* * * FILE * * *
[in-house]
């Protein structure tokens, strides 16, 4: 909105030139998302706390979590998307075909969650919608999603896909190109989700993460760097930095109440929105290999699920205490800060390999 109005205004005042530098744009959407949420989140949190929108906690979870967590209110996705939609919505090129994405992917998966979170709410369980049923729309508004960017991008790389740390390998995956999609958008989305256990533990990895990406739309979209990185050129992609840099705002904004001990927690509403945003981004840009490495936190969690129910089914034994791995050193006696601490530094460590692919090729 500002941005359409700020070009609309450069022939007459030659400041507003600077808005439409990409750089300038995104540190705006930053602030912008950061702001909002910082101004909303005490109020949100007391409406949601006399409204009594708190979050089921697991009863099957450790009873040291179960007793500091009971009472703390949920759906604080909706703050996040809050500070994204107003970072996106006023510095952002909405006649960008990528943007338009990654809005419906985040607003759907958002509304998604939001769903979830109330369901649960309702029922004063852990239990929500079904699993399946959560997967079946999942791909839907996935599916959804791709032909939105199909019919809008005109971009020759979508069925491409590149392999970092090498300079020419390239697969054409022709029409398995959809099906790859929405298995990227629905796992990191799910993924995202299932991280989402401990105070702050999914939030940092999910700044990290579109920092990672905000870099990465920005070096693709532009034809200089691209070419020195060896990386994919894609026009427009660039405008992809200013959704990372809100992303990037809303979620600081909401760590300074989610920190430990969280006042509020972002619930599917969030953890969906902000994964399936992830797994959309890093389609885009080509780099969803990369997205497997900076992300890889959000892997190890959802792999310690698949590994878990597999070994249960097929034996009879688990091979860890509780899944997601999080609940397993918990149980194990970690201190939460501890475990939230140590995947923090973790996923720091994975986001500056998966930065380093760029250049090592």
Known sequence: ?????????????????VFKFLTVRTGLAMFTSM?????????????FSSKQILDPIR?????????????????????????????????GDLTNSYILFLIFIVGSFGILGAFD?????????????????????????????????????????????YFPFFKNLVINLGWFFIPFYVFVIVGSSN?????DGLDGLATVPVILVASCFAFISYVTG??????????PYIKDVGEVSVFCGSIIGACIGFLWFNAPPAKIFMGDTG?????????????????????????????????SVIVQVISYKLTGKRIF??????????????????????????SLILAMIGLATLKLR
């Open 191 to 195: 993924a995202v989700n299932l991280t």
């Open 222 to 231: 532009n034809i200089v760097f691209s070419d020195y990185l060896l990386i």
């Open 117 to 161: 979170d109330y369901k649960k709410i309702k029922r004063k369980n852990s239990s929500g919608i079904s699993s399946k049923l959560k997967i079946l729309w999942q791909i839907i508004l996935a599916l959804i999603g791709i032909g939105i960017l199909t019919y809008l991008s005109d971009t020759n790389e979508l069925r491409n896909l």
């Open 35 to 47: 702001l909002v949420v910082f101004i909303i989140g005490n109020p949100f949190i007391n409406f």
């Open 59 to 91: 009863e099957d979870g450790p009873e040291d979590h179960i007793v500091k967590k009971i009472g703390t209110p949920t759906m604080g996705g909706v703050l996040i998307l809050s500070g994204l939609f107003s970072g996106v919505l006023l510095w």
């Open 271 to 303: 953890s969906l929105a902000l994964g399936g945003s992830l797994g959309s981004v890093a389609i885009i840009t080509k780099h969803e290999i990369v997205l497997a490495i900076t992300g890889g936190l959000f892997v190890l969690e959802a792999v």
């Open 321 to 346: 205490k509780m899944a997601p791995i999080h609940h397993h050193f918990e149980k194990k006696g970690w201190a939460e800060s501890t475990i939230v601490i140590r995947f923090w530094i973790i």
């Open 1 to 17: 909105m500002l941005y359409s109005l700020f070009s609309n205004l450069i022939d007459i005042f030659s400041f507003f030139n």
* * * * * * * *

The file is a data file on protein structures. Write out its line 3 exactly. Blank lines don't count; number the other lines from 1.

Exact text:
Known sequence: ?????????????????VFKFLTVRTGLAMFTSM?????????????FSSKQILDPIR?????????????????????????????????GDLTNSYILFLIFIVGSFGILGAFD?????????????????????????????????????????????YFPFFKNLVINLGWFFIPFYVFVIVGSSN?????DGLDGLATVPVILVASCFAFISYVTG??????????PYIKDVGEVSVFCGSIIGACIGFLWFNAPPAKIFMGDTG?????????????????????????????????SVIVQVISYKLTGKRIF??????????????????????????SLILAMIGLATLKLR